When it was released, the new V8 looked outwardly like a four-pot Model-B, except for the V8 badge on its tie-bar between the headlamps, until restyled for 1934, by Eugene Gregorie, as the Model-40. Ford had to face critics who predicted heavy gas-consumption from an eight, rapid wear occasioned by the admittedly scintillating performance, and also uninformed opinion that thought the pistons would wear rapidly on one side because they did not reciprocate vertically. It all proved unfounded, and if, as has been shown, Chevrolet sales outstripped Ford’s in 1932, after the V8 had got to the customers, from June of that year onwards, the position changed, with the Model18s and Model-Bs selling a total of 195,988 by the end of December, whereas Chevrolet had sold 57,839 fewer cars in that period. Moreover, once the Ford engineers had got to grips with the early problems the new V8 was decently reliable, if perhaps under-braked and too casually steered, for its effortless acceleration and top speed. This wasn’t so with its rivals. The new Chevrolet Six had back-axle troubles, necessitating four redesigns between 1930 and 1933, it ran bearings, with its splash-lubrication, which persisted even after the engine had been converted to pressure lubrication in 1935, and it is said that it wasn’t until that year that its inherent problems with the overhead-valve-gear were solved. Whereas the pressure-fed, side-valve Ford V8, soon restyled, went on to unquestionable success, and the mechanical concept was carried on to the low-cost V12 Lincoln Zephyr, announced in 1936. With all this clever concentration on vee-engine layouts, I find it stimulating that Ford of Britain’s present top models in the private-car and commercialvehicle fields use excellent V6 power-packs.
All this has taken me some way from the topic I opened with, namely the composition of Ford crankshafts. Originally, Ford used forged steel crankshafts, as did almost all other manufacturers, with specialist cars like Bugatti, Sunbeam, Hispano Suiza and Roesch Talbot having their crankshafts machined out of solid steel billets, wasteful of material for ordinary engines. Both the aforementioned books indicate that Ford was using forged crankshafts for the first Model-18 V8. Steel is not actually specified in Woudenberg’s book, and Sorensen, after describing how the revolutionary one-piece rigid V8 block was able to be cast in iron, after research which was under his control and that of Joe Galamb and Hanson in the formative stages, goes on to say that the V8 crankshaft started as a forging but that he and H. McCarroll then searched for a steel that could be cast and would still meet the physical requirements of a crankshaft. After much experimentation they found a steel that was better crankshaft material than any other suitable forging bar. The finished cast crank cost a dollar less than a forged crank, and the method was covered by patents. So we can conclude that the first, or perhaps the early production, Ford V8s had cast-steel crankshafts. But when did Ford make the next breakthrough and use cast-iron crankshafts? (I am aware that a careful definition is called for here, the cast-iron used by Ford sometimes being referred to as chrome silicon cast-steel; as it has only about 5 1/2% of alloys, the rest being iron, the steel designation is incorrect.)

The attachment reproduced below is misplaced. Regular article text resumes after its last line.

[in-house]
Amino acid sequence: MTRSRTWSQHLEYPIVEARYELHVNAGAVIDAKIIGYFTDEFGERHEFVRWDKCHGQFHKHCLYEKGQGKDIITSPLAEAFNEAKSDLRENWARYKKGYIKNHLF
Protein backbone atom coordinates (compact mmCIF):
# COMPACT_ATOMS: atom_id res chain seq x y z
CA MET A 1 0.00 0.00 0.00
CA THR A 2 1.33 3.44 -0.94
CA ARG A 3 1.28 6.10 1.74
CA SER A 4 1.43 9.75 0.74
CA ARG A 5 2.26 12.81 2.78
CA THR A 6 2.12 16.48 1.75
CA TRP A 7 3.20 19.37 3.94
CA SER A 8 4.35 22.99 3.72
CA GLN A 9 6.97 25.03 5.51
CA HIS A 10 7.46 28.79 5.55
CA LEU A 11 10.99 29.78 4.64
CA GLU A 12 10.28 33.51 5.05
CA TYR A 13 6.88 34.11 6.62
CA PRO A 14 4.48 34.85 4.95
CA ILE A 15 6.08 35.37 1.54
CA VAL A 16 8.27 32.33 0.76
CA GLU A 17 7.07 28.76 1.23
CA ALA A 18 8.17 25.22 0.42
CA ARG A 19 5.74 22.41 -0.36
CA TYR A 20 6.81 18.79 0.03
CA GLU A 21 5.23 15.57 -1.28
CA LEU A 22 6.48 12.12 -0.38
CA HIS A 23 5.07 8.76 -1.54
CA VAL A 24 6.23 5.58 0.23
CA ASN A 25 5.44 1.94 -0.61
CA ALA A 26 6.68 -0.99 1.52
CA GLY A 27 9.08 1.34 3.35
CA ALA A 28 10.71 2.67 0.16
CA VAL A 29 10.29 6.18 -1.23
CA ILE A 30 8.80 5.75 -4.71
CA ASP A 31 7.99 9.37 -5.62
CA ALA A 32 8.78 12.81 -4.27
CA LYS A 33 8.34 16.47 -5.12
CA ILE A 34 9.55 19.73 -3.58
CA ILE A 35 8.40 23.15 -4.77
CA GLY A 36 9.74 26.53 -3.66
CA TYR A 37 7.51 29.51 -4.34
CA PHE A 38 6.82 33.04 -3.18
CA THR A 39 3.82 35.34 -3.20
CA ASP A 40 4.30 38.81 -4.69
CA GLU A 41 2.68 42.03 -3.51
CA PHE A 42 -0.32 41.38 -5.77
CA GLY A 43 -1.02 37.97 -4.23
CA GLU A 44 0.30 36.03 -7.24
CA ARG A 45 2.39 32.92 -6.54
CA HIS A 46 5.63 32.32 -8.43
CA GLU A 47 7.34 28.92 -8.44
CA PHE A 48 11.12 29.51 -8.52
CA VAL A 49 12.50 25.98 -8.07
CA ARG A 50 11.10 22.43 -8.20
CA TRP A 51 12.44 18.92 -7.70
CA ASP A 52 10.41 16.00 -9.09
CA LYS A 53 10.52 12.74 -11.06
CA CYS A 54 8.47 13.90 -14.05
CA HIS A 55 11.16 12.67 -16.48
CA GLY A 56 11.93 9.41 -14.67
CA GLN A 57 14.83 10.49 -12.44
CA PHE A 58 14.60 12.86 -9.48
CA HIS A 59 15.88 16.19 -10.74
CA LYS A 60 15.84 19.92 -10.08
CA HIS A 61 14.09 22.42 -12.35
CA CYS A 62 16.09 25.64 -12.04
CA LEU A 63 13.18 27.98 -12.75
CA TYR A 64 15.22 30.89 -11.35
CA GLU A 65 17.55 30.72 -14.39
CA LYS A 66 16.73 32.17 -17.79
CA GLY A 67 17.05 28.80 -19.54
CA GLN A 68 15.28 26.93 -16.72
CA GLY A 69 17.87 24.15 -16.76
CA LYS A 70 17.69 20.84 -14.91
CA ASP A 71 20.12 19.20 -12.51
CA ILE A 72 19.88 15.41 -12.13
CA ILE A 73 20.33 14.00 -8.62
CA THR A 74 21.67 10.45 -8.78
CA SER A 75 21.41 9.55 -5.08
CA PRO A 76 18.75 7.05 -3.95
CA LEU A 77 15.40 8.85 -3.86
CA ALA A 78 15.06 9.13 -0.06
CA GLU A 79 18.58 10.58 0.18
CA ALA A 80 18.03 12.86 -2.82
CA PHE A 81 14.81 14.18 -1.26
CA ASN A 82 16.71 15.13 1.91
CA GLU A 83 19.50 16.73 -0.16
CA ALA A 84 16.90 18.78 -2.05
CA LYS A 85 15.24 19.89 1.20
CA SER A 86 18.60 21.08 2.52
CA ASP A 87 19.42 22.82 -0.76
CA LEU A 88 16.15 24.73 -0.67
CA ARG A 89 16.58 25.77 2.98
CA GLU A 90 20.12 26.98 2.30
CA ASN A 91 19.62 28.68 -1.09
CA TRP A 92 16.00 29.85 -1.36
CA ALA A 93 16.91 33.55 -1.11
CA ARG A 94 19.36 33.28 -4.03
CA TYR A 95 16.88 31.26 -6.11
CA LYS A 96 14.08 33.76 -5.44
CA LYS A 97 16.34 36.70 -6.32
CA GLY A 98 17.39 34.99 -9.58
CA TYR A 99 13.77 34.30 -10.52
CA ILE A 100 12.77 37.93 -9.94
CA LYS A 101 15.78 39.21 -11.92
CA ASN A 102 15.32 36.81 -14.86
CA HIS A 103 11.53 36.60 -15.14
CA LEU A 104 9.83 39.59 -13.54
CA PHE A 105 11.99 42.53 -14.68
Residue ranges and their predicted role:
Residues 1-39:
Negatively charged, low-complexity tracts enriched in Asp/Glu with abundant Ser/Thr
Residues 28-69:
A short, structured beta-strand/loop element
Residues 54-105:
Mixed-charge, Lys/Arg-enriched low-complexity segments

The changes in engine materials to some extent mark the distinction between the vintage and the post-vintage engines. Whereas at one time the cylinder block would be separate from the crankcase, and the crankcase closed by an aluminium sump, the one-piece cast-iron or steel block and crankcase took over and the sump soon became a tin pressing. The Austin Seven was one of the last utility engines to retain a separate block and alloy crankcase, even though the latter was closed by a tin oil-tray. Mostly this remains true today, except for a few aluminium engines, as in the Rover 3500 V8, etc. Pistons changed along the years from cast-iron to steel and then to aluminium, although early steel pistons were apt to wear quickly and sometimes a change back to cast-iron was made. Cylinder blocks have been made of iron, steel and aluminium but I think the mention of cast-iron con.-rods in the Lagonda Book referred to recently was a misprint, these being mild steel or duralumin stampings, but sometimes steel forgings. Cylinder heads have been of iron, steel, bronze and aluminium and the late Laurence Pomeroy left his brilliant designing at Vauxhall’s soon after WW1 to try to promote an all-aluminium car in the USA. Any comments?